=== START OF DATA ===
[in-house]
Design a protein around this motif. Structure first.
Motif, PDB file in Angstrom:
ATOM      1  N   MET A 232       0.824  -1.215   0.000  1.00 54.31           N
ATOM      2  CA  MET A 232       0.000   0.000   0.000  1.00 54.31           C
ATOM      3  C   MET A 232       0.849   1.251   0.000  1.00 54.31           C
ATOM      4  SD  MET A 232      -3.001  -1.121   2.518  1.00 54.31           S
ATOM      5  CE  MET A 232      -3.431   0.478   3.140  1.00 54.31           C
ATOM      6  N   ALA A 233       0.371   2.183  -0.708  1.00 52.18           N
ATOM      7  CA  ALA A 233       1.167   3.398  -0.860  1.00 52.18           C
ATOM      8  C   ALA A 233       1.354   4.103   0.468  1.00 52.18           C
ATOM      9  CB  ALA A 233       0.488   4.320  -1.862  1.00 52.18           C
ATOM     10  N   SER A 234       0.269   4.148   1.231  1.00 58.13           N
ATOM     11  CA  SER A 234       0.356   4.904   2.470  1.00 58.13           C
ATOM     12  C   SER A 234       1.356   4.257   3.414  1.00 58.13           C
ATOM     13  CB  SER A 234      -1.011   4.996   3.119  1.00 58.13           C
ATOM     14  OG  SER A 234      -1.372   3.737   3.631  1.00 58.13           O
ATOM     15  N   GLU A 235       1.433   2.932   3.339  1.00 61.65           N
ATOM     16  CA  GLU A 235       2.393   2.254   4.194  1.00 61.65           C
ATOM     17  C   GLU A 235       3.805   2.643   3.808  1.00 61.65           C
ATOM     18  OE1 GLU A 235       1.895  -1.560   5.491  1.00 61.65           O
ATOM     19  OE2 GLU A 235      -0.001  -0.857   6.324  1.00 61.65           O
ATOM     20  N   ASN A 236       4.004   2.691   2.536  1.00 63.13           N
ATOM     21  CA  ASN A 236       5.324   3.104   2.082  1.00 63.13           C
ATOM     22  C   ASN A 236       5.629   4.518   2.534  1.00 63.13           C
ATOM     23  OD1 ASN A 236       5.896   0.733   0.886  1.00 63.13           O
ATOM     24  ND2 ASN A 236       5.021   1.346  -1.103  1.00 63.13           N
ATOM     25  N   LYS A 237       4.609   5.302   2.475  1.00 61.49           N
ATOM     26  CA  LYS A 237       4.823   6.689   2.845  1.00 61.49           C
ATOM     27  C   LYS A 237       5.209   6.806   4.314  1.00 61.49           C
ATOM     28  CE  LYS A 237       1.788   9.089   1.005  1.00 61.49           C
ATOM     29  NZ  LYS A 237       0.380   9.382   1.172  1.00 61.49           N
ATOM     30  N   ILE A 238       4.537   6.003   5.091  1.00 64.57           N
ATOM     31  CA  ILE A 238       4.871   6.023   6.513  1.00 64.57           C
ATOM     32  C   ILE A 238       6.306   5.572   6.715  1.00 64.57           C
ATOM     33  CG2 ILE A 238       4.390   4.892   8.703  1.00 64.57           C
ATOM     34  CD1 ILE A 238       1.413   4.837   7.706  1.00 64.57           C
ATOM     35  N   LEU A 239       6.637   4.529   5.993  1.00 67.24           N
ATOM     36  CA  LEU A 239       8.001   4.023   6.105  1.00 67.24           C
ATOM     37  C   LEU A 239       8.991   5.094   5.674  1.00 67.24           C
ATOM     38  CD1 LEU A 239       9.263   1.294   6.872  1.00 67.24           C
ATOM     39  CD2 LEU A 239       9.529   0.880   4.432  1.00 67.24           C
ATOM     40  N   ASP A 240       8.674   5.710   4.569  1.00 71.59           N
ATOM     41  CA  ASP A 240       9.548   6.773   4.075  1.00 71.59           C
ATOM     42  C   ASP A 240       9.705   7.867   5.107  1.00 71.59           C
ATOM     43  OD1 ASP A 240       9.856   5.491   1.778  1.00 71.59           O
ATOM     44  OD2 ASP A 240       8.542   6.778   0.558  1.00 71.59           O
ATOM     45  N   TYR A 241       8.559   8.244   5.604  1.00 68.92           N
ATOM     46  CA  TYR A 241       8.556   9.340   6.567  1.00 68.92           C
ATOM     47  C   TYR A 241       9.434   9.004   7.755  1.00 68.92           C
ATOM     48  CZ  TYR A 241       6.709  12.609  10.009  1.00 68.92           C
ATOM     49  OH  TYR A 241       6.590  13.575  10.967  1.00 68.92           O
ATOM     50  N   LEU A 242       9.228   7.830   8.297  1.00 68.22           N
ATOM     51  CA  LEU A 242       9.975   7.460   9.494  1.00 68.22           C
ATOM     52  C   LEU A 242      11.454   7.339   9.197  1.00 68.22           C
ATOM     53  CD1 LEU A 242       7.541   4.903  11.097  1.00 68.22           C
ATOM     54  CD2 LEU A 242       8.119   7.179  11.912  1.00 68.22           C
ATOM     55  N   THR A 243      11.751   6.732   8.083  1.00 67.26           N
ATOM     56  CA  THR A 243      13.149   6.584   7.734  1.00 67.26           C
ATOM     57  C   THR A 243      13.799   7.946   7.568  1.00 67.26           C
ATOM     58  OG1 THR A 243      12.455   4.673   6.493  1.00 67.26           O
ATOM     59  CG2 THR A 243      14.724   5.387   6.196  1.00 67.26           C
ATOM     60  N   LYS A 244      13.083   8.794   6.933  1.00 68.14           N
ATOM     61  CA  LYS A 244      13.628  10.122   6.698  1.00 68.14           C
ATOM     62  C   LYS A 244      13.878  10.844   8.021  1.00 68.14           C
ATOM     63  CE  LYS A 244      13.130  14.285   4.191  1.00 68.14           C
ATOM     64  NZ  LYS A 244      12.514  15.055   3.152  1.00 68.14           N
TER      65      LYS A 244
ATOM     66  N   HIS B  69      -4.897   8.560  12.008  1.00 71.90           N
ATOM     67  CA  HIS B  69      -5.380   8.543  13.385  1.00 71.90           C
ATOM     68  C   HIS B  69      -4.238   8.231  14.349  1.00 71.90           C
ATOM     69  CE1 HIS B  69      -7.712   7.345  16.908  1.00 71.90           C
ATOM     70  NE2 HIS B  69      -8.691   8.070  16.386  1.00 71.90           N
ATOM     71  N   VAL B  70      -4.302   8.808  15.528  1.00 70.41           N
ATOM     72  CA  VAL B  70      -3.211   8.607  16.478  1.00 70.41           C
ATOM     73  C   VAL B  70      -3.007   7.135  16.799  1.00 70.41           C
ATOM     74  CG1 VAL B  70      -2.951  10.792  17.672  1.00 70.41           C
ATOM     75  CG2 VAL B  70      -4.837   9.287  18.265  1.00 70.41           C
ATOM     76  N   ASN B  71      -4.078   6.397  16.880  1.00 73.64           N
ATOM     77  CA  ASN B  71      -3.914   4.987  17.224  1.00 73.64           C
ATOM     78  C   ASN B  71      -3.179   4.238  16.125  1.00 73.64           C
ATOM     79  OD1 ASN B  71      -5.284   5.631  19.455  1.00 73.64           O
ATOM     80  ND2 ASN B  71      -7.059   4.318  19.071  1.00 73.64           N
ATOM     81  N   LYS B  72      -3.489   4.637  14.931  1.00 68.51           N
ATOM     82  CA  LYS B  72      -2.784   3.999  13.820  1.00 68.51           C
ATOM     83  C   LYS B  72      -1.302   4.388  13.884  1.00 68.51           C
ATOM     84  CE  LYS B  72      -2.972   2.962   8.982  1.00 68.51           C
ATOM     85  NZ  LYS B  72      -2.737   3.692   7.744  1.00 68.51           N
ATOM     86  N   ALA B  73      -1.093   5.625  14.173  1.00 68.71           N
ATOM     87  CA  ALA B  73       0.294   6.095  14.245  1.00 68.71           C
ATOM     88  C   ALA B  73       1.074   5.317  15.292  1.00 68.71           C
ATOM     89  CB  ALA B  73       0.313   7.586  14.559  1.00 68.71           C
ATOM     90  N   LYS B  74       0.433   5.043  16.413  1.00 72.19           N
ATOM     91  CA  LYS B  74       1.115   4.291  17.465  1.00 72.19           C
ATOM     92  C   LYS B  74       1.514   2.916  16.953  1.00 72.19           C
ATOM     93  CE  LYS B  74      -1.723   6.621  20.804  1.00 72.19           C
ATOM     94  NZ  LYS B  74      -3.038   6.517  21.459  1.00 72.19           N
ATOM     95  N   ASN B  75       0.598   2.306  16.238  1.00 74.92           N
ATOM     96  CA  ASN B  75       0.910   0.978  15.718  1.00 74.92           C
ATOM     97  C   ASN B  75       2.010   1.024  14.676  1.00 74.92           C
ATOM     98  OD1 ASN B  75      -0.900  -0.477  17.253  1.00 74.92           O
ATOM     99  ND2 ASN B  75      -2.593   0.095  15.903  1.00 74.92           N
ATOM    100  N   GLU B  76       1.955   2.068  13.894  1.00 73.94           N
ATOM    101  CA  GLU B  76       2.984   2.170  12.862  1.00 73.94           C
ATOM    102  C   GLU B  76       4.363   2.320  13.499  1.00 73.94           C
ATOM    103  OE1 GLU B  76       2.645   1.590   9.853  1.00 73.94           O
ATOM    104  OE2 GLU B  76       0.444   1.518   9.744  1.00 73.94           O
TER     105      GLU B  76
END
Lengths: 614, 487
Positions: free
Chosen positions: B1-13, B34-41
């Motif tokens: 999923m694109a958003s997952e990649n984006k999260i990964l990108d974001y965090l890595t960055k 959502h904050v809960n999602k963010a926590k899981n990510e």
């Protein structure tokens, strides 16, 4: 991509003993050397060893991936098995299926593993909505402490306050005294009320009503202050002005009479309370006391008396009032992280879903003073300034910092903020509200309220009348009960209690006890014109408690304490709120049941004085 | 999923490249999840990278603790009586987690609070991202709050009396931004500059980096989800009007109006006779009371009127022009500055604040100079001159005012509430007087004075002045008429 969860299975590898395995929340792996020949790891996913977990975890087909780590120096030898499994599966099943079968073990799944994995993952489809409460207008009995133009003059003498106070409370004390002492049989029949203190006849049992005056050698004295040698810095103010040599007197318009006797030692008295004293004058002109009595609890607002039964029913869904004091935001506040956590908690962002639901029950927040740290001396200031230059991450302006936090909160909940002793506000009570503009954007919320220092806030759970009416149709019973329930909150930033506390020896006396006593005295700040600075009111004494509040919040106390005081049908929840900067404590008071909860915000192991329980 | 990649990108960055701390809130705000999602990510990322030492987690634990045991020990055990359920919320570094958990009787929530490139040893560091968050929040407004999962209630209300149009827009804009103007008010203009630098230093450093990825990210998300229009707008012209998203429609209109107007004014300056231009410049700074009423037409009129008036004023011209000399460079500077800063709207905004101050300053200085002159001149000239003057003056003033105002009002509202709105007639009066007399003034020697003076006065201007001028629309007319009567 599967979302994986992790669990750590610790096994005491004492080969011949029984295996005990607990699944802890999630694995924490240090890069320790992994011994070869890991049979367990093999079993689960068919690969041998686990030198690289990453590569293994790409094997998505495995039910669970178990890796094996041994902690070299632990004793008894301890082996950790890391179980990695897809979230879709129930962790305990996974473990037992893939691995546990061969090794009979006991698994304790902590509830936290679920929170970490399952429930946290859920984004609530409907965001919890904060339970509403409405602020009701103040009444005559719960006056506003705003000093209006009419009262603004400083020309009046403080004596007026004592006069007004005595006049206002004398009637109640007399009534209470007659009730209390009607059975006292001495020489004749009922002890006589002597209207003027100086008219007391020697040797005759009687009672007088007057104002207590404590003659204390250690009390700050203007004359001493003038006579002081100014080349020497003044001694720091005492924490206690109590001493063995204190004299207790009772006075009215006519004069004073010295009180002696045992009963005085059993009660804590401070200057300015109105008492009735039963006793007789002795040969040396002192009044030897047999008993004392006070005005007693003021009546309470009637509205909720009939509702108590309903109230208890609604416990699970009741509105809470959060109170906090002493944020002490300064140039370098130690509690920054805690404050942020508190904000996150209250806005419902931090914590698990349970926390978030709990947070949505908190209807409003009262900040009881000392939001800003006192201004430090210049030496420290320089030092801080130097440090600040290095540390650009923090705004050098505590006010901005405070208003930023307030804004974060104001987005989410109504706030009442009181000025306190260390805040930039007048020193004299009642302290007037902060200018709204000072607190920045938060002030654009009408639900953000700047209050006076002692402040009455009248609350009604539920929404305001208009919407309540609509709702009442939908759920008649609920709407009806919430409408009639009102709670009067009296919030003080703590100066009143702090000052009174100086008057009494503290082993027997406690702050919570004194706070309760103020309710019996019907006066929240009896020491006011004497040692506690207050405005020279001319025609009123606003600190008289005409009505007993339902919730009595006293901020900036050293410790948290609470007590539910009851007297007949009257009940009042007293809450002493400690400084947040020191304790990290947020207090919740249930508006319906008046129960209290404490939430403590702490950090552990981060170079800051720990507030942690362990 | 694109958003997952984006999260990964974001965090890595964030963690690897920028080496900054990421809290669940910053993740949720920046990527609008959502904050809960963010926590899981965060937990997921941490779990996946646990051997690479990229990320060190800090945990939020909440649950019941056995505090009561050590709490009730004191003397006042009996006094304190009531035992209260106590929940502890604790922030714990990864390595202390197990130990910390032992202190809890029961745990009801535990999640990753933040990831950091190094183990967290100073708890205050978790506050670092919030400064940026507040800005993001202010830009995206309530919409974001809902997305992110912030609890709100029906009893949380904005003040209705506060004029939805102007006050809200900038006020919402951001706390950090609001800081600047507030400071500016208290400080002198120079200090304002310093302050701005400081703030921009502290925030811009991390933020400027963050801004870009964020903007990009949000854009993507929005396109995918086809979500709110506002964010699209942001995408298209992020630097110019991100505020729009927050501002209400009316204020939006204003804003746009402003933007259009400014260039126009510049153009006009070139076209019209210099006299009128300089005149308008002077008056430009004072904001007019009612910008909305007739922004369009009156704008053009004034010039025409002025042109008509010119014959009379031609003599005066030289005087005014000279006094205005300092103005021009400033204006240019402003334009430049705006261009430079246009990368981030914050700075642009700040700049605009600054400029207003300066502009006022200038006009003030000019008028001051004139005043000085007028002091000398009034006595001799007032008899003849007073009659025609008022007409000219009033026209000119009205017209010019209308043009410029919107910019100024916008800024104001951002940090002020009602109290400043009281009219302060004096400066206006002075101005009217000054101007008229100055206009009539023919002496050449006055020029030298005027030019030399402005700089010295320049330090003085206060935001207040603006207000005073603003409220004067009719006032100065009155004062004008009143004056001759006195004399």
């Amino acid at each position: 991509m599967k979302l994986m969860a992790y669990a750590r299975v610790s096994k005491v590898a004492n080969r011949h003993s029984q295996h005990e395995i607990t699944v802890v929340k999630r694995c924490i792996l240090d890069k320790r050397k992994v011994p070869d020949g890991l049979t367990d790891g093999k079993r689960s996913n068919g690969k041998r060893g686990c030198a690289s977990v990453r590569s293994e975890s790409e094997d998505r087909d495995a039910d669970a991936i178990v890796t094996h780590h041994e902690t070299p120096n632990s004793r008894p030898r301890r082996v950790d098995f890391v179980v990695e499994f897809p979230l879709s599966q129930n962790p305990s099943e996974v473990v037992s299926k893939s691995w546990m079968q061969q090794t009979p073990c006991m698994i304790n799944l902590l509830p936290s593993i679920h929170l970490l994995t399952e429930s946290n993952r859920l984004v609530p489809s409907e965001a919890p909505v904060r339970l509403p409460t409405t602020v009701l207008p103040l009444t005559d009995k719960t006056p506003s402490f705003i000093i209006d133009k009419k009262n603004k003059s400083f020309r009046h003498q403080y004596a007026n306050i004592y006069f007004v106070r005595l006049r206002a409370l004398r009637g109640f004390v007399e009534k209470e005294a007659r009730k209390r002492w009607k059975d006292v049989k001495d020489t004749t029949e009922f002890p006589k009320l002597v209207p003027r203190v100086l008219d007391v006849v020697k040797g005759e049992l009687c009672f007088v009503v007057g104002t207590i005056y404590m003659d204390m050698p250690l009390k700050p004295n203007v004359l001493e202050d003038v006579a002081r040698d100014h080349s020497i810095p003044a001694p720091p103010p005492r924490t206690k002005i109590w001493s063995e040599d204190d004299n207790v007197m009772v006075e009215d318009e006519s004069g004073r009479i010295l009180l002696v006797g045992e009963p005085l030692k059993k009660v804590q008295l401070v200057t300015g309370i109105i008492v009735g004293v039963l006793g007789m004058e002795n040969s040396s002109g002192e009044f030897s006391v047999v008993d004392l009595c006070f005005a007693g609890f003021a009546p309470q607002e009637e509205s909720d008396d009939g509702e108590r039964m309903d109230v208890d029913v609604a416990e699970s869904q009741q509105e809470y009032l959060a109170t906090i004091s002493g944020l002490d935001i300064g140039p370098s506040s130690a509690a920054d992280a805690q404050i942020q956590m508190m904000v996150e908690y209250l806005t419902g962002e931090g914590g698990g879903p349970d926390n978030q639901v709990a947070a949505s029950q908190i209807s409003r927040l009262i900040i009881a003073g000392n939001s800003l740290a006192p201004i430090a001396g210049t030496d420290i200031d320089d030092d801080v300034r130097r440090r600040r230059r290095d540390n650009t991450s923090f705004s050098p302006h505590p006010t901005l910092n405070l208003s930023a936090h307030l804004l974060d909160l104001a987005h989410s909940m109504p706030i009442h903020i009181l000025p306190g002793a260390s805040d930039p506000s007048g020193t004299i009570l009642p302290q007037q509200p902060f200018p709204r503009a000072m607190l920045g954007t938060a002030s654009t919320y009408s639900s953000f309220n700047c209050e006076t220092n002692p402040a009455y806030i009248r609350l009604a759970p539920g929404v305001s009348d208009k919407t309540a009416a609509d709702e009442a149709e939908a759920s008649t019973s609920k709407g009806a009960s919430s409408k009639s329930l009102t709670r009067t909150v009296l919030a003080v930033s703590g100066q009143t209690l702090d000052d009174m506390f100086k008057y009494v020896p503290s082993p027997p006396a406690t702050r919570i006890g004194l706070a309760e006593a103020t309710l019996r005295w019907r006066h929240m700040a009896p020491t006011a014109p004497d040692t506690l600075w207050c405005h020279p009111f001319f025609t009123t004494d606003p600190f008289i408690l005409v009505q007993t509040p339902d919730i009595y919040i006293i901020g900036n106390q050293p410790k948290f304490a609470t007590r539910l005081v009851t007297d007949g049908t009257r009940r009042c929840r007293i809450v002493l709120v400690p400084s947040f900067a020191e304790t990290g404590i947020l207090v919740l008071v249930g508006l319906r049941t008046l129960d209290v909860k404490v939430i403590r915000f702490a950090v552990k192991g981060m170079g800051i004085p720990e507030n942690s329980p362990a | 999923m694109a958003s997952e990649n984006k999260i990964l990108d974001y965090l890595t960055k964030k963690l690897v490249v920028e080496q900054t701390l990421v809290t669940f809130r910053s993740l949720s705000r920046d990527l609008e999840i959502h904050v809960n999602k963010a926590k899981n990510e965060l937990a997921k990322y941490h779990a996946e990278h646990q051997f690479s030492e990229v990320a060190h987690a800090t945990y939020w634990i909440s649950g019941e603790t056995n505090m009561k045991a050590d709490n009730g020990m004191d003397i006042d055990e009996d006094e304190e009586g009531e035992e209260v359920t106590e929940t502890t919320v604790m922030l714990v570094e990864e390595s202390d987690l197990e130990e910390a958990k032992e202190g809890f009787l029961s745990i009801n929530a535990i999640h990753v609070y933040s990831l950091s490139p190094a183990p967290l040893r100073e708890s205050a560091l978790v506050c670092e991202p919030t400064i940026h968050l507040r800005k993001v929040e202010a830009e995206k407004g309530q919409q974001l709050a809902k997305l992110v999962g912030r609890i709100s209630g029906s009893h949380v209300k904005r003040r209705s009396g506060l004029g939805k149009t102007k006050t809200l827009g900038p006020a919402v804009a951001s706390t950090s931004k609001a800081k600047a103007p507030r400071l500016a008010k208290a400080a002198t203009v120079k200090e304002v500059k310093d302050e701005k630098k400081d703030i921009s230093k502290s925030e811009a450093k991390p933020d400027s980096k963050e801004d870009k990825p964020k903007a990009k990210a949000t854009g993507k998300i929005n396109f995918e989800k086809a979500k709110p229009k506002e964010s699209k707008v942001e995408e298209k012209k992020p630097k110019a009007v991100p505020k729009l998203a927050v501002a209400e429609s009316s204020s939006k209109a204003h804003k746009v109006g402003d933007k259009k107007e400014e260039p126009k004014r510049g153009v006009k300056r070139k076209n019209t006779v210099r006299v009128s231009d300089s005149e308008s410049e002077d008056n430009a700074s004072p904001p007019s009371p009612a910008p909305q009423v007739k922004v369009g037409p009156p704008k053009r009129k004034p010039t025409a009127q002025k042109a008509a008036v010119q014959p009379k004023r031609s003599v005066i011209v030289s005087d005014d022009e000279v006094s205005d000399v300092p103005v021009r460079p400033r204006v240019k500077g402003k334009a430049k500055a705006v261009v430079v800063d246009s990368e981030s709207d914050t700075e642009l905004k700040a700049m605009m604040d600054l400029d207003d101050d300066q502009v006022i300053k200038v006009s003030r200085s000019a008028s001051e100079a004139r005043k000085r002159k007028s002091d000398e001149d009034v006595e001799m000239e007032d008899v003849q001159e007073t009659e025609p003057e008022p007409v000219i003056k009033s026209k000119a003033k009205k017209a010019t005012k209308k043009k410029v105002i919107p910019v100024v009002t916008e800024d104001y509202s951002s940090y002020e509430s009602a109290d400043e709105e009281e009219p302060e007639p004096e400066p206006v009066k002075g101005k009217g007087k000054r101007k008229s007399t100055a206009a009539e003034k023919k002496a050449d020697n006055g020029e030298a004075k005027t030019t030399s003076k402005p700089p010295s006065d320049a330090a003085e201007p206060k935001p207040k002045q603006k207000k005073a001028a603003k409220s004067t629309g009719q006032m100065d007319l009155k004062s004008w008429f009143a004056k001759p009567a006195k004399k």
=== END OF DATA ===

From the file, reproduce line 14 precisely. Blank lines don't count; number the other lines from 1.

ATOM     11  CA  SER A 234       0.356   4.904   2.470  1.00 58.13           C